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What do Lizzo, Prince, Lipps Inc., Owl City, Next, and Bobby Vee have in common? Minnesota, and the top of the charts.

Lizzo performs "Truth Hurts." Image from YouTube.
Lizzo performs "Truth Hurts." Image from YouTube.

by Lydia Moran

September 04, 2019

Lizzo's ode to blissful singlehood, "Truth Hurts," reached number one on Billboard's Hot 100 chart yesterday, making her one of only six female rappers to hit that mark in the chart's history. This year also marks the first time since 2012 when six singles by female artists have reached number one.

As any longtime Lizzo fan will tell you, "Truth Hurts" was originally released in 2017. Only a small number of artists, including UB40 in 1988 with their cover of Neil Diamond's "Red, Red Wine," have had singles reach number one years after an initial release. A number of televised performances of "Truth Hurts," including those at this year's VMAs and the BET Awards, as well as two re-releases of the song alongside remixes featuring producer CID and North Carolina rapper Da Baby, have reintroduced the song to her fanbase and introduced it to newcomers.

"Truth Hurts" was certified gold in May of this year. When it reached number six on the charts in July, it became Lizzo's first song to breach the Billboard Top 10.

"IF TRUTH HURTS GOES #1 THEN THE WHOLE WORLD IS 100% THAT BITCH," the artist wrote in an Instagram caption posted with a selfie of her happy tears. Yesterday that prophecy came true.

"Truth Hurts" was added alongside two other songs from the artist's back catalog (2018's "Boys" and 2017's "Water Me") to the deluxe version of Cuz I Love You. Lizzo is smartly taking stock of her back catalog, and using that superstar power to catapult older numbers into the upper echelons.

While Lizzo was born in Detroit and spent her adolescence in Houston, she emerged as a nationally-recognized musical artist during several years in Minnesota — from her breakout as a member of The Chalice in 2012 to her first solo albums a few years later. She's now based in L.A., but remains firmly connected to and beloved by the Minnesota music community. So what other Minnesota-connected artists have occupied the number one slot since the chart's inception in 1958?

Most famously and most frequently, of course, there was Prince Rogers Nelson. Prince went number one for the first (and second) time in 1984 with "When Doves Cry" and "Let's Go Crazy." Two years later he did it again with "Kiss." In 1989 "Batdance" went number one and so did the song "Cream" in 1991, totaling five number one singles over the course of Prince's career.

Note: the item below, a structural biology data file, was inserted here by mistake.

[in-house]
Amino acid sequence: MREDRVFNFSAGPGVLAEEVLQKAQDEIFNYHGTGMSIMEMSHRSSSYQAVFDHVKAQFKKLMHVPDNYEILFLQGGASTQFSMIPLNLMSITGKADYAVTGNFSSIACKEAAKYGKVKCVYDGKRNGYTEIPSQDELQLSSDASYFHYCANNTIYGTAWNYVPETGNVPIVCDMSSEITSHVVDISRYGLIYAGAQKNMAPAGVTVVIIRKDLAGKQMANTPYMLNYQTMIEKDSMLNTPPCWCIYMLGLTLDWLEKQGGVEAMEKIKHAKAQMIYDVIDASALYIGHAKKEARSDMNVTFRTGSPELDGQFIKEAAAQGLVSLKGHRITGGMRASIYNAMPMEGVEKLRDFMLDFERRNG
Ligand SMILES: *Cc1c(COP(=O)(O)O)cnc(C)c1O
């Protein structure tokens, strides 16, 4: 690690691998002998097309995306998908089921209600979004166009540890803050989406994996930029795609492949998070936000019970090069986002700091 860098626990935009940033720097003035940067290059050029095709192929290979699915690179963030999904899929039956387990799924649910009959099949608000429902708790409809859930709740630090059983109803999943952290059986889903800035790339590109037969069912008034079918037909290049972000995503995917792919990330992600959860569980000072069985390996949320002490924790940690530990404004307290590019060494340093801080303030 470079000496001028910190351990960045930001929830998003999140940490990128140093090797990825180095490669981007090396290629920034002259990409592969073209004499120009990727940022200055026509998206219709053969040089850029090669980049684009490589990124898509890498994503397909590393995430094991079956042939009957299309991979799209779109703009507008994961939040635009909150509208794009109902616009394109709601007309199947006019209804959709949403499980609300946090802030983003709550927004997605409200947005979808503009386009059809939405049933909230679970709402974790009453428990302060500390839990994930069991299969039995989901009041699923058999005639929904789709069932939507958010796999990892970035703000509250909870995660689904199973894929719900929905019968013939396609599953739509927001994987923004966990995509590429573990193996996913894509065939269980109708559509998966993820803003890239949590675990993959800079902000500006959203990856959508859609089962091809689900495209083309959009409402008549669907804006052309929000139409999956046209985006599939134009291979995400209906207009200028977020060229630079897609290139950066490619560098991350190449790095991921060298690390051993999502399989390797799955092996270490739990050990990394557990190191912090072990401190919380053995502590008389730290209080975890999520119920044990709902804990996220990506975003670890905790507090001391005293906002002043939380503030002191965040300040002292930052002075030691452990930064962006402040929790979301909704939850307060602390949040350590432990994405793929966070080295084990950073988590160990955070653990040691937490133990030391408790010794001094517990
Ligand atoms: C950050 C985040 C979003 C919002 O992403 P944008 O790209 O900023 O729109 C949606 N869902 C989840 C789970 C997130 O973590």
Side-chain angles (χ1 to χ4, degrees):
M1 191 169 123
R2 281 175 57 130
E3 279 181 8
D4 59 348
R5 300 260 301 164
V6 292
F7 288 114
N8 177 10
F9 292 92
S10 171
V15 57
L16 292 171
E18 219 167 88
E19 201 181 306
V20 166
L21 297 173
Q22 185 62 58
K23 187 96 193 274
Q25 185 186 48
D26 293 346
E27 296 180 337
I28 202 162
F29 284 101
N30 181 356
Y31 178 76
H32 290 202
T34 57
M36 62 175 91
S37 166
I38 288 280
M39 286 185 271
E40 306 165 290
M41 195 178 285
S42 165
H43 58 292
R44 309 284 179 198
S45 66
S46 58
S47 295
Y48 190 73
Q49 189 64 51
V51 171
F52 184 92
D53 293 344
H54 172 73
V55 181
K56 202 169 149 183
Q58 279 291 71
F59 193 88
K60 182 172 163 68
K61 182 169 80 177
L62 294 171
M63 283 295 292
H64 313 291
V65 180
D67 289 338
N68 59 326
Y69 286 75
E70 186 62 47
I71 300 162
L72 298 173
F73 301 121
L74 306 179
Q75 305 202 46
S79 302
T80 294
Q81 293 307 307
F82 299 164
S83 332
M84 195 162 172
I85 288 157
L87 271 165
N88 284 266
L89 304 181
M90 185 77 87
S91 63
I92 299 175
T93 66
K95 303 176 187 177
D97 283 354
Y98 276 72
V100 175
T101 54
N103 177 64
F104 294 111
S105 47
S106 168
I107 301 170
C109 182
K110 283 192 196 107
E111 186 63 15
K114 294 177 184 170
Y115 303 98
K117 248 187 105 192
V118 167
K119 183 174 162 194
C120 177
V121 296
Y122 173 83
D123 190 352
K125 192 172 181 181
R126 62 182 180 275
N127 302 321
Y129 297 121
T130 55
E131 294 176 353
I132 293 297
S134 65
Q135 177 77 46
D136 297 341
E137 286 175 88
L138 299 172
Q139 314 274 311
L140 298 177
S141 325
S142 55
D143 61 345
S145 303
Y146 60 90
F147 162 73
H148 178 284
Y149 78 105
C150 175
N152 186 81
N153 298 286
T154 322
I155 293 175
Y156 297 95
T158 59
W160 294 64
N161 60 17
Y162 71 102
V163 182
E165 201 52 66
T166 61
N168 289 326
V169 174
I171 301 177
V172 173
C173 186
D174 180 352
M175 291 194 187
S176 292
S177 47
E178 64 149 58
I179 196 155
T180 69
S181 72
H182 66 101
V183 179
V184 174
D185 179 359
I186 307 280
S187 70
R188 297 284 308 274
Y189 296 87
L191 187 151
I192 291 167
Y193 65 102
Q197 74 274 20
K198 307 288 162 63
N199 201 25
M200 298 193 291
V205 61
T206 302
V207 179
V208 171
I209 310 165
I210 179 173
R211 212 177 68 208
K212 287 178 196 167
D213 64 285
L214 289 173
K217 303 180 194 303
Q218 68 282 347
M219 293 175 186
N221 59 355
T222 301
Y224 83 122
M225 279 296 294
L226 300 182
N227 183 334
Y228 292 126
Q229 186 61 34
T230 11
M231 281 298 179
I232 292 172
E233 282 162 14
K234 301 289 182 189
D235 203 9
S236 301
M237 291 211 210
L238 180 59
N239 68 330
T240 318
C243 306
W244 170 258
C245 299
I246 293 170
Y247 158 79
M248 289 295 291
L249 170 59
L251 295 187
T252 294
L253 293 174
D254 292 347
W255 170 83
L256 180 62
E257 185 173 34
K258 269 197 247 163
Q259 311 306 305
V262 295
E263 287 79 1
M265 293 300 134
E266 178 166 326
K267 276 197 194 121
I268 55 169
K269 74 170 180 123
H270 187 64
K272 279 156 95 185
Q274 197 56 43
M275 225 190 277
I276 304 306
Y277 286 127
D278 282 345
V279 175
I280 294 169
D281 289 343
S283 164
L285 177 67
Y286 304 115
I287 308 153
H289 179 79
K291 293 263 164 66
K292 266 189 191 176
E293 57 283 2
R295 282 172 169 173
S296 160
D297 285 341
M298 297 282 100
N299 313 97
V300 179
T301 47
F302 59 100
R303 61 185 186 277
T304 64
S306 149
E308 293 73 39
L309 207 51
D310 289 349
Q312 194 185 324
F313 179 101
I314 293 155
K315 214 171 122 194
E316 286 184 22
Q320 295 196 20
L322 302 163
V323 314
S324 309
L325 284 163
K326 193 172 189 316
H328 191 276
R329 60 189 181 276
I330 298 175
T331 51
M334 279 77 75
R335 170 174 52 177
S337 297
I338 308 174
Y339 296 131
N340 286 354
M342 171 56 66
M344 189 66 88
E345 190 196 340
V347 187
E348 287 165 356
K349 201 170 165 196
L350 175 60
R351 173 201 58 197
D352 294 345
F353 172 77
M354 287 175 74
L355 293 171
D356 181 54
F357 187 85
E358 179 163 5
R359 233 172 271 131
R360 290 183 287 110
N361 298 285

Before Prince, Minneapolis disco and funk collective Lipps Inc. reached number one in May of 1980 with "Funkytown," and before that, St. Paul native folksinger Mary MacGregor released "Torn Between Two Lovers" in 1977. In 1961, Fargo-born and Minneapolis-based Bobby Vee nabbed the spot with "Take Good Care of My Baby." His first single, "Suzie Baby," was recorded with the Minneapolis label Soma Records. The first Minnesota-born artist to reach number was was Larry Verne, who was born in Minneapolis in 1936 and went on to record novelty songs throughout the early '60s, hitting number one on the charts with "Mr. Custer" in 1960.

After Prince's chart reign, the Minneapolis R&B trio Next had a smash with their single "Too Close," which led the Hot 100 for a total of five weeks in 1998. Prior to Lizzo, the most recent Minnesota artist to hit number one was Owatonna native Owl City, who held number one for two weeks in 2009 with "Fireflies."

Update 9/9/2019: It has come to my attention that, in my research, I missed an indispensable hit from one Minnesota-connected artist. That would be R&B singer SisQó, whose turn of the century release "Incomplete" was slotted at number one for two weeks in 2000. To my credit, SisQó moved to Maple Grove after his chart reign in order to be closer to his girlfriend's family, but we shouldn't discount the Baltimore-born musician on a technicality.

Back in 2015, Channel 12 News reported a segment on the "Thong Song" singer's move to the Northwestern burbs wherein he invited Prince over to "jam in Maple Grove."

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This activity is made possible in part by the Minnesota Legacy Amendment’s Arts & Cultural Heritage Fund.